Originally published 2/20/2015 - Georgia Straight
Dear RCMP Commissioner Paulson,
It may sound strange that I am writing to you requesting that you read a story in the Rolling Stone magazine, but this piece entitled “The Pentagon and Climate Change: How Deniers Put National Security at Risk” outlines issues that are very important to the safety and security of the people of Canada. This seems particularly relevant at the moment given the news this week of a controversial RCMP intelligence assessment report focused on the growing so-called “anti-petroleum” movement in Canada. I thought it may be useful to explore the reasons why so many of your fellow Canadians are taking these issues so seriously and explore how other national security agencies are tackling these issues.
The Rolling Stone piece highlights a quote that provides some useful context from former U.S. secretary of defense Chuck Hagel who called climate change “a threat multiplier” that “has the potential to exacerbate many of the challenges we are dealing with today—from infectious disease to terrorism.” These comments were taken from Hagel’s forward to a 2014 report released by the Pentagon entitled Climate Change Adaptation Road Map which demonstrates how a changing climate will have “real impacts” on the U.S. military and “the way it executes its missions”.
This is a stark contrast with the focus of the RCMP threat assessment document that characterizes concerns related to climate change as “claims” of environmental groups.
Commissioner Paulson, you once said “…I’m in the business of policing and others are in the business of policy and law”. What actually might be the most disturbing about this report is it seems in fact to be a highly political document.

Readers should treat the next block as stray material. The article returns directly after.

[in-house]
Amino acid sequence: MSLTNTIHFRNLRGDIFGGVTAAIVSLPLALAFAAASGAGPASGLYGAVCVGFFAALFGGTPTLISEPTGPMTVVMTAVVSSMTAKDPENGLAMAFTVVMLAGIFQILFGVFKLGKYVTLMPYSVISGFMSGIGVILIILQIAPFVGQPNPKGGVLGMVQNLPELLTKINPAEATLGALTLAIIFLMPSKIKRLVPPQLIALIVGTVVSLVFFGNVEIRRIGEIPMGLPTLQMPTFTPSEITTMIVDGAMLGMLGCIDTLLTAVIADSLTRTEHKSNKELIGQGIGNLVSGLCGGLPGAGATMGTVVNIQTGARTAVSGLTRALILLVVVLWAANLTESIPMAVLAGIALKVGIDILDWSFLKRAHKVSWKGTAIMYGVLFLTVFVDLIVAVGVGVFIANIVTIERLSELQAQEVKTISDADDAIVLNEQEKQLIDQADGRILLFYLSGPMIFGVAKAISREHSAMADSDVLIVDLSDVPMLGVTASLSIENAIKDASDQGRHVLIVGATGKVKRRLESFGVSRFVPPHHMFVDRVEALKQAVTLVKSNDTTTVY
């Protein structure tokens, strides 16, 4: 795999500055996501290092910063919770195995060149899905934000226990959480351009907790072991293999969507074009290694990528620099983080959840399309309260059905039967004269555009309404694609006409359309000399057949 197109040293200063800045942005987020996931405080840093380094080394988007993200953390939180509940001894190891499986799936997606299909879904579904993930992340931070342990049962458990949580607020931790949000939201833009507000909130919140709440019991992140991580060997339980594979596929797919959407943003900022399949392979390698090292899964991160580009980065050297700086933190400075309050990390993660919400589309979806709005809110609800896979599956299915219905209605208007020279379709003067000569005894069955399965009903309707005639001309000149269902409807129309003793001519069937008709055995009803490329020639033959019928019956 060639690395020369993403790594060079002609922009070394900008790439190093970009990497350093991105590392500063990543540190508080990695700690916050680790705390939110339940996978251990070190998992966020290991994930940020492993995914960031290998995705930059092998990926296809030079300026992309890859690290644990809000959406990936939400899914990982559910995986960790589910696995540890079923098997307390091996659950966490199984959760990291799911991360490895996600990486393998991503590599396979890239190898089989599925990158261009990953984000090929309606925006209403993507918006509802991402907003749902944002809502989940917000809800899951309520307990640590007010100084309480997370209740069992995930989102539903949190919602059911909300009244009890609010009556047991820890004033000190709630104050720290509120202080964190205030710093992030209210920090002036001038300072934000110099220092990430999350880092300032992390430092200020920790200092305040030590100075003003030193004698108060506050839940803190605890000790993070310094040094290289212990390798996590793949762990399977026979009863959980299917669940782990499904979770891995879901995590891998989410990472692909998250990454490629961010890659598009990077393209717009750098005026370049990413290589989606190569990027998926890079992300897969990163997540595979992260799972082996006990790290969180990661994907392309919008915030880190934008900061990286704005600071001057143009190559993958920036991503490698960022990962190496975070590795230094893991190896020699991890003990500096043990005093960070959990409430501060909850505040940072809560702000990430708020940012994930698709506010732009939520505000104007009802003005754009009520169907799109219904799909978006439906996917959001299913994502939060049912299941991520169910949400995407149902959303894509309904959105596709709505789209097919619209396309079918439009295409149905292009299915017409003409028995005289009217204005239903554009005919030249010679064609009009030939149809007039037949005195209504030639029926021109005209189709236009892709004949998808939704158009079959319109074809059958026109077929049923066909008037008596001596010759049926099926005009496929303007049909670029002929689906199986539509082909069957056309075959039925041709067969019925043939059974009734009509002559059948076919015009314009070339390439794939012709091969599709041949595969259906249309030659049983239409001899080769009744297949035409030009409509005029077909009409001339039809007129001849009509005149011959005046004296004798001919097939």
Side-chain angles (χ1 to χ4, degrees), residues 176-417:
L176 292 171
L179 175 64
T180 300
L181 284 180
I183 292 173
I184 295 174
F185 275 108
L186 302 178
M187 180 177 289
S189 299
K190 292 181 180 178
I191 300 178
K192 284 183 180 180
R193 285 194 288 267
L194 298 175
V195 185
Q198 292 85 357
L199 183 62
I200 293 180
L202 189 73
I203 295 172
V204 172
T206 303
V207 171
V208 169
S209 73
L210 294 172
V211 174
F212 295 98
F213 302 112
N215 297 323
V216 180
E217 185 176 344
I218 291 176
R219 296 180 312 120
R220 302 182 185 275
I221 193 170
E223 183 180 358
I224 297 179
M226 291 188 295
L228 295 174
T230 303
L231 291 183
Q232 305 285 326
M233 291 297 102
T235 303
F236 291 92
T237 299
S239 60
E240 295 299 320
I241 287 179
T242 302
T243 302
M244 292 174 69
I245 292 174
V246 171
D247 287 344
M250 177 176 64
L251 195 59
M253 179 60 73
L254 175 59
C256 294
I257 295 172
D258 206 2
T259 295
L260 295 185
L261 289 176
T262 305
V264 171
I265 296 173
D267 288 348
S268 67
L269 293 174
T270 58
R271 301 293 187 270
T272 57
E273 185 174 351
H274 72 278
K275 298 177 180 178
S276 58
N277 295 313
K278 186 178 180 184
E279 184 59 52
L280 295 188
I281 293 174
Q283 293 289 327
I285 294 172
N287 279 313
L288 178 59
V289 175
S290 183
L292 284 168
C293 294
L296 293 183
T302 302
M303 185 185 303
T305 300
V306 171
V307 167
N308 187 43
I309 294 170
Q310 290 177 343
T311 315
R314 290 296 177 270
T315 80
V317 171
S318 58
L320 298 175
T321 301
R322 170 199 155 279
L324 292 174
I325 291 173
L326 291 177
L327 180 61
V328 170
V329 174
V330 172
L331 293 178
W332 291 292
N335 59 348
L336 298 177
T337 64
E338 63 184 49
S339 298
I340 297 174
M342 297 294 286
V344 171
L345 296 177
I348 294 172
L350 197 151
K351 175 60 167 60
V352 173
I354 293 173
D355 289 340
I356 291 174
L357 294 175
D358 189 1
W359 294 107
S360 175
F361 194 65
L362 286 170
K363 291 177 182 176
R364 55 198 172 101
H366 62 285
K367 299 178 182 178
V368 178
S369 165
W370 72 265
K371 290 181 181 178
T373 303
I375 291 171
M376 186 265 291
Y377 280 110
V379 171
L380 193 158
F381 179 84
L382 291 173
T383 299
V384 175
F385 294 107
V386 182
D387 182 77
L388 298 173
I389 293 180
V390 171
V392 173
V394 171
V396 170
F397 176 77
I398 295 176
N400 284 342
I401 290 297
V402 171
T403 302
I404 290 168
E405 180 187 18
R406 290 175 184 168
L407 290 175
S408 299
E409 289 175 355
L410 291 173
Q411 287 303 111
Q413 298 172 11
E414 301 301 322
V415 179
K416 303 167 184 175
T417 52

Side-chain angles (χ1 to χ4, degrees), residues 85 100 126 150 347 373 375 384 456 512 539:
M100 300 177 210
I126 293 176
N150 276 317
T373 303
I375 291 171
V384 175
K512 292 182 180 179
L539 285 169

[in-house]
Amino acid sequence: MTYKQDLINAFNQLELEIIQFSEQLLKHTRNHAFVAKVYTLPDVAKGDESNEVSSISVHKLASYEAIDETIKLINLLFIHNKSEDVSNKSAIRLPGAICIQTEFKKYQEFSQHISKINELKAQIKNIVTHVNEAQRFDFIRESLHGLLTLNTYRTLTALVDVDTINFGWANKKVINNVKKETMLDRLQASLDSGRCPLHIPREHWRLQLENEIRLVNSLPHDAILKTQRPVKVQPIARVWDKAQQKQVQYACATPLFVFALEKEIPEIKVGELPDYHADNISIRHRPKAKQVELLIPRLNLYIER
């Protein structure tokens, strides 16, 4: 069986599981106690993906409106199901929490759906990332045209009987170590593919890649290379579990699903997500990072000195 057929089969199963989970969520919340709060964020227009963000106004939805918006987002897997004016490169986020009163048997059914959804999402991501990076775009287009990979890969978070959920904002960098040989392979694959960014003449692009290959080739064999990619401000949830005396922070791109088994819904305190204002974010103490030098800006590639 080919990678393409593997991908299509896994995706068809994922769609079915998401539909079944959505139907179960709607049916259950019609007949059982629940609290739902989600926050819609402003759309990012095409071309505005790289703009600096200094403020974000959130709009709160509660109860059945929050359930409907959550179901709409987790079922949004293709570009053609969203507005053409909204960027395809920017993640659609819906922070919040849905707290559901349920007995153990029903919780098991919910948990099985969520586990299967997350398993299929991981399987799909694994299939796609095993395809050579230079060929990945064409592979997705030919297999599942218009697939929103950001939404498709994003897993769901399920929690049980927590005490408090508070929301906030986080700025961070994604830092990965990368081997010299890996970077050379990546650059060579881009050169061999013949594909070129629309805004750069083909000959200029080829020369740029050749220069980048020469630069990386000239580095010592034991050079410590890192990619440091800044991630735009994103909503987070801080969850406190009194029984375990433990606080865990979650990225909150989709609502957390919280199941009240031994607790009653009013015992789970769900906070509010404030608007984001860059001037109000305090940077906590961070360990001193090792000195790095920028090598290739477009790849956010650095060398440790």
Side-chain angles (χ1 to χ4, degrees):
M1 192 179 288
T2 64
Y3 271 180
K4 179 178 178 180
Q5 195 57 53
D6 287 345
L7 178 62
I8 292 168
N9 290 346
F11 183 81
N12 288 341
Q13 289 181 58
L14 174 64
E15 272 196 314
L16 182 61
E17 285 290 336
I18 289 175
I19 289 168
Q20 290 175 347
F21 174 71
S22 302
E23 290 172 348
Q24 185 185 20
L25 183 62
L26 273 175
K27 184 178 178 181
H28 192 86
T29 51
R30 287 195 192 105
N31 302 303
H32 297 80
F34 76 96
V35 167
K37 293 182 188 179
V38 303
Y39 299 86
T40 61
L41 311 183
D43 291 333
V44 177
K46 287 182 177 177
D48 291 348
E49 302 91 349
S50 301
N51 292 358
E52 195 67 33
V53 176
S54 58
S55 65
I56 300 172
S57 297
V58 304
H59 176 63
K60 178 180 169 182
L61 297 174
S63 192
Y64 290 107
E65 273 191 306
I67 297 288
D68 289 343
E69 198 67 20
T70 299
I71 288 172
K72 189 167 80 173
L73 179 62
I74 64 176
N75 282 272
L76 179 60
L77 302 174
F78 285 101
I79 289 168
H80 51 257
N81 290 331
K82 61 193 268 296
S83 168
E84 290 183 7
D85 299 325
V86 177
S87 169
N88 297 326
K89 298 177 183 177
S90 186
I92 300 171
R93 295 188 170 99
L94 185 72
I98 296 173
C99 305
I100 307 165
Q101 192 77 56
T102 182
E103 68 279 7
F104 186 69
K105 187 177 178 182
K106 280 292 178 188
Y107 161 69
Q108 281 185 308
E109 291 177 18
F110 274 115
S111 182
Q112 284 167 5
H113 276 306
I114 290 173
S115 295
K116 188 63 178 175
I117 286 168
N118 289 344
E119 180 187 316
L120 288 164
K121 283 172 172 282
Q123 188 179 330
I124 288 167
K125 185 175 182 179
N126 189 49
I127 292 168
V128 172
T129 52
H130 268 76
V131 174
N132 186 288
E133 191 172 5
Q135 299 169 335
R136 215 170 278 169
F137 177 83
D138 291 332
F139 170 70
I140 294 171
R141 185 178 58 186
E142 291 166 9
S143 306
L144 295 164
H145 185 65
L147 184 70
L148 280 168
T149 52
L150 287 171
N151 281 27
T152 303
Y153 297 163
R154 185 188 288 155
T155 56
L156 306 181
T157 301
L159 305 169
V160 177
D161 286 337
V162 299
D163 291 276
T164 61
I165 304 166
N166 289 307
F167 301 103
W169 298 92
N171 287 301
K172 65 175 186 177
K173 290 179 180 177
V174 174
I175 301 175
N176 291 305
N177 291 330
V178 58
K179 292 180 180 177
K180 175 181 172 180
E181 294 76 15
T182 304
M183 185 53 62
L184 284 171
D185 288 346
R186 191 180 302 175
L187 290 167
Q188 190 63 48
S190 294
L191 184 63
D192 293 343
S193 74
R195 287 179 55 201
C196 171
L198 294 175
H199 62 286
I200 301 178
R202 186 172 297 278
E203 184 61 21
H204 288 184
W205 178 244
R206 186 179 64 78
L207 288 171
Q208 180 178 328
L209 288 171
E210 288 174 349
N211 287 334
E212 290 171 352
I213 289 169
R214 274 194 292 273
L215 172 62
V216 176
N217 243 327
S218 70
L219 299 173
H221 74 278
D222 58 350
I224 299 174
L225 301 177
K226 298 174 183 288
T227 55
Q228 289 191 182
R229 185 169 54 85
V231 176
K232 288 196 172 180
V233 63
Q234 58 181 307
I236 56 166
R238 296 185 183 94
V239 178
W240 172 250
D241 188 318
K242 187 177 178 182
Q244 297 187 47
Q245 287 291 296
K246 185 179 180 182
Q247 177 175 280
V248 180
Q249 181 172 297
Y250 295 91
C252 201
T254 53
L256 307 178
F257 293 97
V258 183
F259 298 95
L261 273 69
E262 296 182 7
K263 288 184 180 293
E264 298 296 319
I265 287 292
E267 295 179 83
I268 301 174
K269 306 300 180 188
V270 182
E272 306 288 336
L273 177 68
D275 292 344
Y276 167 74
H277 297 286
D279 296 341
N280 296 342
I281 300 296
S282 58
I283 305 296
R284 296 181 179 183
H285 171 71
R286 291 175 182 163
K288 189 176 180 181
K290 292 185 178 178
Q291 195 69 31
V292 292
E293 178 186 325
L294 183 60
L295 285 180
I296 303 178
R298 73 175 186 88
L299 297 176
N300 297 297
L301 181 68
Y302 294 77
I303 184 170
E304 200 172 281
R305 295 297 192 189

In your agency’s threat assessment, you rely heavily on oil industry lobbyists and commentators for background information and source material. Of particular concern, you quote the Canadian Association of Petroleum Producers asserting as fact that we have no choice but to continue to depend on fossil fuels stating that “all forms of energy production must continue to expand to meet global demand”. This reads like an explicit endorsement of proposed new infrastructure such as the pipeline and tanker projects that are the focus of the social movement addressed in the RCMP report. This is, of course, a position at odds with vastly reduced dependence on fossil fuels that the United Nations Intergovernmental Panel on Climate Change has clearly stated is required to avoid the worst possible outcomes of climate change. Furthermore this represents a vastly different view from that of the International Energy Agency (IEA) and others who illustrate that a transition off of fossil fuels is not only technologically viable but also economically responsible.
A recent IEA report showed that solar power would likely be the #1 source of energy globally in the near future simply due to reduced costs. In fact, today, as I write to you, solar power is at cost parity with fossil fuel derived energy in much of the United States. Solar is anticipated to be on par or cheaper than fossil fuels in 47 states by 2016 according to Deutsche Bank.
Change takes time but the idea that we have no alternative but to double down on our dangerous dependence on fossil fuels is simply not based in fact and it does a disservice to the people of Canada and our security for the RCMP to state otherwise.
Mr Paulson, I do not believe this risk assessment document accurately represents your views as an RCMP commissioner who wishes to keep the RCMP out of politics. I would ask that you take steps to repair the damage done to the relationship with those in B.C. and elsewhere in Canada whose legitimate concerns were dismissed by this report and who may also fear that this document signals that their civil liberties may be in danger. With all due respect, sir, this is an important opportunity for you to show leadership and clearly demonstrate that you will not allow Canadian politics to interfere with the appropriate role of the RCMP.
Furthermore, I think it would be appropriate for the RCMP to undertake work to understand and communicate the security threats posed by climate change in our country and demonstrate efforts to prepare for foreseeable related threats as the Pentagon has done along with numerous security and intelligence professionals around the world.